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History of Slavery in Colonial America - Essay Example

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Slavery has become one of the most intriguing periods in American history. While most people associate slavery with the southern half of the country during the early nineteenth century, few know that slavery has been a stain on America's fabric since the colonists first settled on America's shores…
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History of Slavery in Colonial America
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History of Slavery in Colonial America

Download file to see previous pages... The Portuguese first utilized the slave trade around 1562 (Sylvester, 1998). The prime area for slaves was on the west coast of Africa called the Sudan. The peoples inhabiting the Sudan and surrounding areas were known for their skills in agriculture, farming, and mining.
Europeans soon realized the commodity these skilled laborers could bring to their countries and began trading them regularly. African tribal wars produced captives, which became a bartering resource in the European slave market. Black and white slave hunters obtained those not captured during war. The main sources of barter used by the Europeans to secure African slaves were glass beads, whiskey, ivory, and guns.
The first slaves to arrive in America were brought to the Jamestown settlement in 1619. A Dutch slave trader exchanged his cargo of Africans in that year (Becker, 1999). This was the first time an African set foot in the New World. The first slaves were brought to Jamestown as indentured servants, having to serve seven years for a master before gaining their freedom, the same as white indentured servants. This became a problem in latter years however, when the indentured servants were done with their time, they became competition for their masters and caused outrage among the predominantly white business world.
There is some argument a...
Some argue however, that the word servant as was used to describe the African slaves by the white settlers was the same inference that the word had in England, which was more akin to the more modern definition of slavery. These same scholars argue that southern plantation owners and slave masters still used the term "servants" to describe their slaves right up until the end of the Civil War.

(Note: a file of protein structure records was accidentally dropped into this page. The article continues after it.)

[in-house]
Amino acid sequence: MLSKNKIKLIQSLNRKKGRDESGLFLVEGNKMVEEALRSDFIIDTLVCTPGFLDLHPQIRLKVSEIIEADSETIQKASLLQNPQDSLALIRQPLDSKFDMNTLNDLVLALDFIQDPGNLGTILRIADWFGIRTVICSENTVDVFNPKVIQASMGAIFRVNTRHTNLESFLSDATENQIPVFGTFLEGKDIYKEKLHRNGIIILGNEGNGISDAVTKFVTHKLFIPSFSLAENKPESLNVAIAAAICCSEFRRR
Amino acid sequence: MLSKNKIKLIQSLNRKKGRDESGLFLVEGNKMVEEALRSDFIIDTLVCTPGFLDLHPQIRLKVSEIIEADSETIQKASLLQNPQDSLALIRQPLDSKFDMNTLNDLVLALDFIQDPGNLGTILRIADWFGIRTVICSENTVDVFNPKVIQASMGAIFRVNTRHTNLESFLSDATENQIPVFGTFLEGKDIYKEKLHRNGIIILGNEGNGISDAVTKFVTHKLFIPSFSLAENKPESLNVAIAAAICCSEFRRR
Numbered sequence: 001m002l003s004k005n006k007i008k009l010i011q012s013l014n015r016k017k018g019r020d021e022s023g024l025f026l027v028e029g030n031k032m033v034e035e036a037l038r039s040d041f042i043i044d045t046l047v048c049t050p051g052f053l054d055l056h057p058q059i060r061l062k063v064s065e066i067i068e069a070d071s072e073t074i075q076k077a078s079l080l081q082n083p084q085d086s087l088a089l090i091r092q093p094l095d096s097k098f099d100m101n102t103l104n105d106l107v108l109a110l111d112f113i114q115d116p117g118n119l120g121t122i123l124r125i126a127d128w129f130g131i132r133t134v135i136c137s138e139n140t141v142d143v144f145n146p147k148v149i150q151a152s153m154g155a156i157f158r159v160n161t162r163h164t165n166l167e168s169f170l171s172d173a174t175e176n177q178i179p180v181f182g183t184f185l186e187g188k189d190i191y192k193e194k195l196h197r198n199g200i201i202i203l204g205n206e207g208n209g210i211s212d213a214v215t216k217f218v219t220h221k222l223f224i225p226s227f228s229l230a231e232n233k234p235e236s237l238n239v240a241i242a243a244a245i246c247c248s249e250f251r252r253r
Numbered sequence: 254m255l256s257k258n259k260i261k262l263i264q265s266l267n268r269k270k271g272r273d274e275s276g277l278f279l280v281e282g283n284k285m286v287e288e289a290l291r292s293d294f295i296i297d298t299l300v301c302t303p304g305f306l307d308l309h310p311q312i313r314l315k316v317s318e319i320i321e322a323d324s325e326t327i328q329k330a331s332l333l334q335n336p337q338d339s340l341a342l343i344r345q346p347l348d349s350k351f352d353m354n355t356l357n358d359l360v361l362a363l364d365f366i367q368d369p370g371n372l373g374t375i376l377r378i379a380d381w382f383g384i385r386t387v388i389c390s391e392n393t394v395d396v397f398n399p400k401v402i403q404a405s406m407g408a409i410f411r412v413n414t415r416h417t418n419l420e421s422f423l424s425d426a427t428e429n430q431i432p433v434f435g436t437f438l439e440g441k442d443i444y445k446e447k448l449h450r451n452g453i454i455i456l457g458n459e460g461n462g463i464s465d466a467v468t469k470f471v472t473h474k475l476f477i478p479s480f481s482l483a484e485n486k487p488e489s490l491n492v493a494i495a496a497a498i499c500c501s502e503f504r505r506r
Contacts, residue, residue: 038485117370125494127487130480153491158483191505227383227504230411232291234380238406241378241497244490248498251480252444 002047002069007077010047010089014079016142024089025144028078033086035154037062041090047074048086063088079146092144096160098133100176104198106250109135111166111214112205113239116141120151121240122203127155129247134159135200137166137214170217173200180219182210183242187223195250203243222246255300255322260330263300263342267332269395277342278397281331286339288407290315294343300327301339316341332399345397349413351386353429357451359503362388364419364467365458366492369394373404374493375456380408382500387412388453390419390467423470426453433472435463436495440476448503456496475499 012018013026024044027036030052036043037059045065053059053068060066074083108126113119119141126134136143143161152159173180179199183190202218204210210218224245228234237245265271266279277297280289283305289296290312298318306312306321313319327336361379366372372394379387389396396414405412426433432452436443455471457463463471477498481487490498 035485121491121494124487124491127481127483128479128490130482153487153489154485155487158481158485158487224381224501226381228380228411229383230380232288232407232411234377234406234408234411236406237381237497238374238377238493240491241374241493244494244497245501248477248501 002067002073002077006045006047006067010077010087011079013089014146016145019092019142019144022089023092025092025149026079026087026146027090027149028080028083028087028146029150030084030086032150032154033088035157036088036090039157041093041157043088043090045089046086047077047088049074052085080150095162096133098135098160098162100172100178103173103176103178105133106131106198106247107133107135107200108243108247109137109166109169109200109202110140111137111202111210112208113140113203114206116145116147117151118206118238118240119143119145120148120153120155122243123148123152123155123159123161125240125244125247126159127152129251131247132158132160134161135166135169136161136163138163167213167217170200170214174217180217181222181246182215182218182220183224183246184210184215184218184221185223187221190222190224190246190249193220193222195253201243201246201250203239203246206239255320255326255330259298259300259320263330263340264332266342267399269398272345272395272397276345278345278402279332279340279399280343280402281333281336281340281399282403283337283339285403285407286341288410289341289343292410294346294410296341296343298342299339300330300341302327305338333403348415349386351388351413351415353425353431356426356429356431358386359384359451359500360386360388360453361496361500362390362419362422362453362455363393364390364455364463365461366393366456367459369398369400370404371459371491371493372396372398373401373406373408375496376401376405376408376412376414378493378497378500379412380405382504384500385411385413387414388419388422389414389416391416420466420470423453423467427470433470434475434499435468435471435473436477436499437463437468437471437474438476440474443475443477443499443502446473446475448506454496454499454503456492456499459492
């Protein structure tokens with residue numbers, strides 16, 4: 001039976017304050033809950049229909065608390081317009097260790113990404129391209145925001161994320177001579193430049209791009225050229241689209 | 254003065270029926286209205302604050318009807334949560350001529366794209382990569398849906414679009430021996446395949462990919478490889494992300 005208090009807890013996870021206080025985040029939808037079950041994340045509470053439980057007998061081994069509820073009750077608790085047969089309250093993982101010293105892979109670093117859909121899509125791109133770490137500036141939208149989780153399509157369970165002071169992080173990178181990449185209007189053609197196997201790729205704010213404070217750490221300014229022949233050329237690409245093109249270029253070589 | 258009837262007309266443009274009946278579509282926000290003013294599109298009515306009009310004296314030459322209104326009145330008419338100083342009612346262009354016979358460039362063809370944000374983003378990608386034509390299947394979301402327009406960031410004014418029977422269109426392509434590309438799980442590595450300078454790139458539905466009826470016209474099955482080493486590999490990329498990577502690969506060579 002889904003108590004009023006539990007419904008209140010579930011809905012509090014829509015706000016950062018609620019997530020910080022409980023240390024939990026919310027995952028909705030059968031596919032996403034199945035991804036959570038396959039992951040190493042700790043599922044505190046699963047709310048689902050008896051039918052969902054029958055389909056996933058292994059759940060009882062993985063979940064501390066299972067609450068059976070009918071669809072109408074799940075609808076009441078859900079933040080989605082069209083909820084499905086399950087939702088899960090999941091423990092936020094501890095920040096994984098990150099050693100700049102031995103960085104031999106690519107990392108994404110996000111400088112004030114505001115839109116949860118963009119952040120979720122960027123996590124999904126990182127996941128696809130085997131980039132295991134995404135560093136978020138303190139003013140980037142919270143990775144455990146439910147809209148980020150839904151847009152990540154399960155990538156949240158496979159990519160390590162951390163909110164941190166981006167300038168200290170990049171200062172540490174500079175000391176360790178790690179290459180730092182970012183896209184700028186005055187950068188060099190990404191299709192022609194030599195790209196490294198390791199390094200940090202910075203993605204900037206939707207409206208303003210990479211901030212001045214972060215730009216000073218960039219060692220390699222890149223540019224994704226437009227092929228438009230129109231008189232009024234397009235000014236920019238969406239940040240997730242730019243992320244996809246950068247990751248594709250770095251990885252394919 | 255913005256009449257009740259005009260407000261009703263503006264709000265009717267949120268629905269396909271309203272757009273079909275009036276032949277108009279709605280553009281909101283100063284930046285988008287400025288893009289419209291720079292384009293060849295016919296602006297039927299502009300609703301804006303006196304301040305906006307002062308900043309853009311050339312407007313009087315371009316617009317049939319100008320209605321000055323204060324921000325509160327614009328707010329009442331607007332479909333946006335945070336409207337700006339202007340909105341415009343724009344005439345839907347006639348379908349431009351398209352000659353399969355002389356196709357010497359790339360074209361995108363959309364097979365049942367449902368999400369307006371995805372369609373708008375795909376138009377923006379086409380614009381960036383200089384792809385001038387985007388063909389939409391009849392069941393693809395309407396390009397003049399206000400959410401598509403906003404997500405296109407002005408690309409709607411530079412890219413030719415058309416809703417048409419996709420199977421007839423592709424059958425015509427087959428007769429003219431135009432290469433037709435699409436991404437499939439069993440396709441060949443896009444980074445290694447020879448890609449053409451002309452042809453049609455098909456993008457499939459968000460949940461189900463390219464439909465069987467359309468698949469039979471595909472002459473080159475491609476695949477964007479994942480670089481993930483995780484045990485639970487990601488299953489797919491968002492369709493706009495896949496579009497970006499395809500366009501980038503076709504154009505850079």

While white indentured servants where still the primary source for cheap labor in the colonies, tensions were growing between the poor workers and the newly emerging merchant class. The merchant class was now able to seize land and hold it as their own, regardless of the poor farmer's objections. The merchant class was also given the right to vote since they were technically landowners. This had the former indentured servants angry, and they were beginning to revolt.
Bacon's Rebellion
Slavery in the colonies grew in necessity following Bacon's Rebellion. Bacon's Rebellion occurred when a settler named Nathaniel Bacon disobeyed direct orders and seized a tribe of Native Americans for allegedly stealing his corn. Bacon was reprimanded and soon he began leading revolts against the Native Americans who had been attacking small out-lying farmers and their property. While Bacon was repeatedly reprimanded, his attacks continued and grew in their ferociousness.
Bacon's rebellion ended when a group of his men surrounded Jamestown and burned it to the ground. The rebellion led the wealthy landowners of the time to begin to look elsewhere for cheap labor, fearing they too would have to endure another rebellion similar to that of Nathaniel Bacon (Bacon's 2005).
With the emerging slave class in the colonies, twenty-five thousand and growing by 1700, came new laws ...Download file to see next pagesRead More
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